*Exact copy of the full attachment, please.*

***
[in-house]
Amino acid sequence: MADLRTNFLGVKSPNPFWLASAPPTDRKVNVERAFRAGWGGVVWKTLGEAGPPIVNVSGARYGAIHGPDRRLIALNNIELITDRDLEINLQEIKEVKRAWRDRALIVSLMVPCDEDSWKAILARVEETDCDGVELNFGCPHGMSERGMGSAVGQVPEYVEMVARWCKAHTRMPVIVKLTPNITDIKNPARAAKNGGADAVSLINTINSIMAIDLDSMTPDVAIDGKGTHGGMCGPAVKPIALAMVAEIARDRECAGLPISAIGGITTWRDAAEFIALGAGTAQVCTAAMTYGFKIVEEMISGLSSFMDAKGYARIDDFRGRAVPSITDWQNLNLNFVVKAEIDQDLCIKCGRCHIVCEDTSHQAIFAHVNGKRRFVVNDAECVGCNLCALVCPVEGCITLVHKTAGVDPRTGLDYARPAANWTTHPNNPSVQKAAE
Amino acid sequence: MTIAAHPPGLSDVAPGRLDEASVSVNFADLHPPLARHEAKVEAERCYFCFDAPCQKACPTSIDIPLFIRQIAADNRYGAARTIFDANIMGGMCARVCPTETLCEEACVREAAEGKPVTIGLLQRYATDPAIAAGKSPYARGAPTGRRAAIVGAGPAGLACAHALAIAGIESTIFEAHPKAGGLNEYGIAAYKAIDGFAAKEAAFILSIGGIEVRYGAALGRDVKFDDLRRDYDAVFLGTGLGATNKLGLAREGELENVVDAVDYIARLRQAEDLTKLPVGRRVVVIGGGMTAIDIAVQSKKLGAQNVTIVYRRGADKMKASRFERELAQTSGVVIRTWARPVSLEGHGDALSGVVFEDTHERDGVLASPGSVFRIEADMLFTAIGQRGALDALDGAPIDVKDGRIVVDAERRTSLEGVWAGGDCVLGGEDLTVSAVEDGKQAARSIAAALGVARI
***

[in-house]
Amino acid sequence: MADLRTNFLGVKSPNPFWLASAPPTDRKVNVERAFRAGWGGVVWKTLGEAGPPIVNVSGARYGAIHGPDRRLIALNNIELITDRDLEINLQEIKEVKRAWRDRALIVSLMVPCDEDSWKAILARVEETDCDGVELNFGCPHGMSERGMGSAVGQVPEYVEMVARWCKAHTRMPVIVKLTPNITDIKNPARAAKNGGADAVSLINTINSIMAIDLDSMTPDVAIDGKGTHGGMCGPAVKPIALAMVAEIARDRECAGLPISAIGGITTWRDAAEFIALGAGTAQVCTAAMTYGFKIVEEMISGLSSFMDAKGYARIDDFRGRAVPSITDWQNLNLNFVVKAEIDQDLCIKCGRCHIVCEDTSHQAIFAHVNGKRRFVVNDAECVGCNLCALVCPVEGCITLVHKTAGVDPRTGLDYARPAANWTTHPNNPSVQKAAE
Amino acid sequence: MTIAAHPPGLSDVAPGRLDEASVSVNFADLHPPLARHEAKVEAERCYFCFDAPCQKACPTSIDIPLFIRQIAADNRYGAARTIFDANIMGGMCARVCPTETLCEEACVREAAEGKPVTIGLLQRYATDPAIAAGKSPYARGAPTGRRAAIVGAGPAGLACAHALAIAGIESTIFEAHPKAGGLNEYGIAAYKAIDGFAAKEAAFILSIGGIEVRYGAALGRDVKFDDLRRDYDAVFLGTGLGATNKLGLAREGELENVVDAVDYIARLRQAEDLTKLPVGRRVVVIGGGMTAIDIAVQSKKLGAQNVTIVYRRGADKMKASRFERELAQTSGVVIRTWARPVSLEGHGDALSGVVFEDTHERDGVLASPGSVFRIEADMLFTAIGQRGALDALDGAPIDVKDGRIVVDAERRTSLEGVWAGGDCVLGGEDLTVSAVEDGKQAARSIAAALGVARI